Sunday, February 26, 2006

Iran demands apology for German soccer cartoon

Reuters - The Iranian embassy in Germany has demanded a written apology from a Berlin newspaper that printed a cartoon of Iranian soccer players dressed as suicide bombers and threatened legal action if none is forthcoming.

The sketch, published on Friday by Der Tagesspiegel, shows four moustachioed soccer players wearing Iran shirts with explosives strapped to their chests next to four German soldiers in a soccer stadium.

A caption above read: "Why the German army should definitely be used during the Soccer world Cup!", referring to a debate in Germany about whether to use troops to help with security during the month-long tournament which begins June 9.

Stephan-Andreas Casdorff, the daily's managing editor, said on Monday he regretted the reaction to the drawing but did not consider an apology necessary.

The cartoon's artist had received three death threats and had been forced to leave his apartment, he said, adding that the police was investigating the threats.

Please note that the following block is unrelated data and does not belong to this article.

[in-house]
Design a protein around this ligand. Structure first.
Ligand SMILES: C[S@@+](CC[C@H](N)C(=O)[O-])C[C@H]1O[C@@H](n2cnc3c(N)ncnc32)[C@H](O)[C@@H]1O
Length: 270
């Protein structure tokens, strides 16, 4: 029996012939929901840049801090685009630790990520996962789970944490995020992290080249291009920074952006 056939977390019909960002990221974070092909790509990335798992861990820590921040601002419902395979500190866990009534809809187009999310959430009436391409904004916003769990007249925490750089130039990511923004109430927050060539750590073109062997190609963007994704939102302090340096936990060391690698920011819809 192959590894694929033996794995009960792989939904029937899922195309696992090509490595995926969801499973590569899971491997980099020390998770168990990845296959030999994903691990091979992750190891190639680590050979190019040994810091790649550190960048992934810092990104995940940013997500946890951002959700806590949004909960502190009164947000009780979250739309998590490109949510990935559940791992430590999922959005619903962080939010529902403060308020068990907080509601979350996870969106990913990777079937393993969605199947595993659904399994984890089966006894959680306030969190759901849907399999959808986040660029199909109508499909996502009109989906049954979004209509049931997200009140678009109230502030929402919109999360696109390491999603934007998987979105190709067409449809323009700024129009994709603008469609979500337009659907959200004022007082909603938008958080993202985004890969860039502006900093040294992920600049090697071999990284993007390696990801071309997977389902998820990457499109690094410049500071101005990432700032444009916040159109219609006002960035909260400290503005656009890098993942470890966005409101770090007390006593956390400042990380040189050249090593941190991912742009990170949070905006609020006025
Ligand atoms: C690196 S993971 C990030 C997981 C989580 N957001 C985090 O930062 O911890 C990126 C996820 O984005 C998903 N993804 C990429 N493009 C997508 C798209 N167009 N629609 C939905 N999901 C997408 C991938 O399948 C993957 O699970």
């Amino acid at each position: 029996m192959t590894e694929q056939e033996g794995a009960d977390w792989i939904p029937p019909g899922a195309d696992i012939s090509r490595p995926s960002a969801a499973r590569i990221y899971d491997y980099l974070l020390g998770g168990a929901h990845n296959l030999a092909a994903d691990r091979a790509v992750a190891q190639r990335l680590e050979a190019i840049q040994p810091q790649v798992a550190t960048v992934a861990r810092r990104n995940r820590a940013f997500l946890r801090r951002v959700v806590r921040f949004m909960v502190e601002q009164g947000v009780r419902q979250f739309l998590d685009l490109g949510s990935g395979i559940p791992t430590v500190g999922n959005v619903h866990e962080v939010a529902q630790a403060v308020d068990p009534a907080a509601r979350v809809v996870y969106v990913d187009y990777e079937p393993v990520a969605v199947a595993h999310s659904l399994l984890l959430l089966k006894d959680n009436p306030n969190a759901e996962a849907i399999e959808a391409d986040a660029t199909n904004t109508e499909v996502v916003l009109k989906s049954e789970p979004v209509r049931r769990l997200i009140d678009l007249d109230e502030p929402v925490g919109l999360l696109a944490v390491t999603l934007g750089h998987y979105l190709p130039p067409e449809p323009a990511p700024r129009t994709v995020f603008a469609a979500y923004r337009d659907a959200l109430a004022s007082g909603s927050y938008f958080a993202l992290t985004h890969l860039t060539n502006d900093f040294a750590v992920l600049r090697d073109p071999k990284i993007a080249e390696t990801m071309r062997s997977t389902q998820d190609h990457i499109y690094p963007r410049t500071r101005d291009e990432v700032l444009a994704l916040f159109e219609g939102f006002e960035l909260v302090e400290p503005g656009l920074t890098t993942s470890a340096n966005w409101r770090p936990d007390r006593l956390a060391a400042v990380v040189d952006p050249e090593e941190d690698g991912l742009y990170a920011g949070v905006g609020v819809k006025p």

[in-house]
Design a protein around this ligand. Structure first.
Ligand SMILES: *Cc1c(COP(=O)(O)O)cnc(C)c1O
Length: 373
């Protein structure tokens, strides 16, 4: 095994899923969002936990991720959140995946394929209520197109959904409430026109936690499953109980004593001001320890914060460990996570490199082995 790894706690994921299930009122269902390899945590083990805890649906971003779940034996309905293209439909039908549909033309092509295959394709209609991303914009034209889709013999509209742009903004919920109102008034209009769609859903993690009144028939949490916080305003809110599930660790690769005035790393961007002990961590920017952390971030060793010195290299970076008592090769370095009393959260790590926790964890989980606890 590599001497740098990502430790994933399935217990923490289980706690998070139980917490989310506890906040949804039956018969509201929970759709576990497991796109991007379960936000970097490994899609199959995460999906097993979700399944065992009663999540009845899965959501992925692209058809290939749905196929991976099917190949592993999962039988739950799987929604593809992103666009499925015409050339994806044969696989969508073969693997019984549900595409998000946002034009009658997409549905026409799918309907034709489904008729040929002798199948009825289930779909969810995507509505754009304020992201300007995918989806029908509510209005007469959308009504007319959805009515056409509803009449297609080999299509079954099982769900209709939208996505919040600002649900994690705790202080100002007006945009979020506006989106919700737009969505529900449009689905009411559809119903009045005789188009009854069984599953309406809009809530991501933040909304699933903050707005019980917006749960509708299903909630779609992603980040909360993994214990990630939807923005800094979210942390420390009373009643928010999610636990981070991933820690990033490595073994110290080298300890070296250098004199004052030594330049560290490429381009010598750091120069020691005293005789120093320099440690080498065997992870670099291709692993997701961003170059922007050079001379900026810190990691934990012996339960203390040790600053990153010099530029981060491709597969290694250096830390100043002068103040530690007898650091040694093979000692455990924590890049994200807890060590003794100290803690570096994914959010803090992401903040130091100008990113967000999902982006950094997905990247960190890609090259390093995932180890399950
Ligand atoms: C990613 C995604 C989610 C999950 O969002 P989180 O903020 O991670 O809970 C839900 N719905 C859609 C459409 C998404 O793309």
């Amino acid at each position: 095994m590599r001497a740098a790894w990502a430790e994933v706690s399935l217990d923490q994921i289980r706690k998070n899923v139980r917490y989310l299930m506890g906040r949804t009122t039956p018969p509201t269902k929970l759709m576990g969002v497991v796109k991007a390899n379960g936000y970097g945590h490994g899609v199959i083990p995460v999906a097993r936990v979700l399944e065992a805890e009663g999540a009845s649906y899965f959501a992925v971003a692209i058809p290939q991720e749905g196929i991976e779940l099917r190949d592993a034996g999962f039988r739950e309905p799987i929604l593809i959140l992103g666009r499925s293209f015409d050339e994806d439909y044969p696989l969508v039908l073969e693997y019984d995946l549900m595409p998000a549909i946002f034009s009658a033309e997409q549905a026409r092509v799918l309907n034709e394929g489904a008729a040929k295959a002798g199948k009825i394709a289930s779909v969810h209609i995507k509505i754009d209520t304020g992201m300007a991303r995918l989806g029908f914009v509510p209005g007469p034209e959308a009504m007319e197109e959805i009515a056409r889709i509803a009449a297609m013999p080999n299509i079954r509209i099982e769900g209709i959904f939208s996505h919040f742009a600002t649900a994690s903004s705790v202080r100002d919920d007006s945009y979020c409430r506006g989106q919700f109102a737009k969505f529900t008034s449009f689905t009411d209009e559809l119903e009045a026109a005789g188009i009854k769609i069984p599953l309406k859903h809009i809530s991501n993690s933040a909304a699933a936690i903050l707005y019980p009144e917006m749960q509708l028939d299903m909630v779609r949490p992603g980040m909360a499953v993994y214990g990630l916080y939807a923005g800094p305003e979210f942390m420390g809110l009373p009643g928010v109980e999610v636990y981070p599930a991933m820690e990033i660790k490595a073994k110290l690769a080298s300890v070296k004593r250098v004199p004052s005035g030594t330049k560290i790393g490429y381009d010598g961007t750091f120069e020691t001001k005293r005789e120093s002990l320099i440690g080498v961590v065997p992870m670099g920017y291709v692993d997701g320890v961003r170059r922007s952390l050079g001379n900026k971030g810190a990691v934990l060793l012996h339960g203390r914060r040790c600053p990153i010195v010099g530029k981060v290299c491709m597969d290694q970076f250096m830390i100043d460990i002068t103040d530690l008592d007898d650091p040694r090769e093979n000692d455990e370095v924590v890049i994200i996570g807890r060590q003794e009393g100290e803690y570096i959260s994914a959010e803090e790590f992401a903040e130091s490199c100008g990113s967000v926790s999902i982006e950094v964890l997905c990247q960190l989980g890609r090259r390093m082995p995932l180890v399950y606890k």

In a letter to Der Tagesspiegel seen by Reuters on Monday, the Iranian embassy in Berlin said the cartoon was offensive and accused the paper of using sport to make a political point in an "irresponsible and immoral way".

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Monday, February 06, 2006

Most important lesson

During my second month of uni, our teacher gave us a pop quiz. I was a conscientious student and had breezed through the questions, until I read the last one: "What is the first name of the woman who cleans the university ?"
Surely this was some kind of joke. I had seen the cleaning woman several times. She was tall, dark-haired and in her 50s, but how would I know her name? I handed in my paper, leaving the last question blank.
Just before class ended, one student asked if the last question would count toward our quiz grade. "Absolutely," said the teacher. "In your careers, you will meet many people. All are significant. They deserve your attention and care, even if all you do is smile and say 'hello'."
I've never forgotten that lesson. I also learned her name was Dorothy.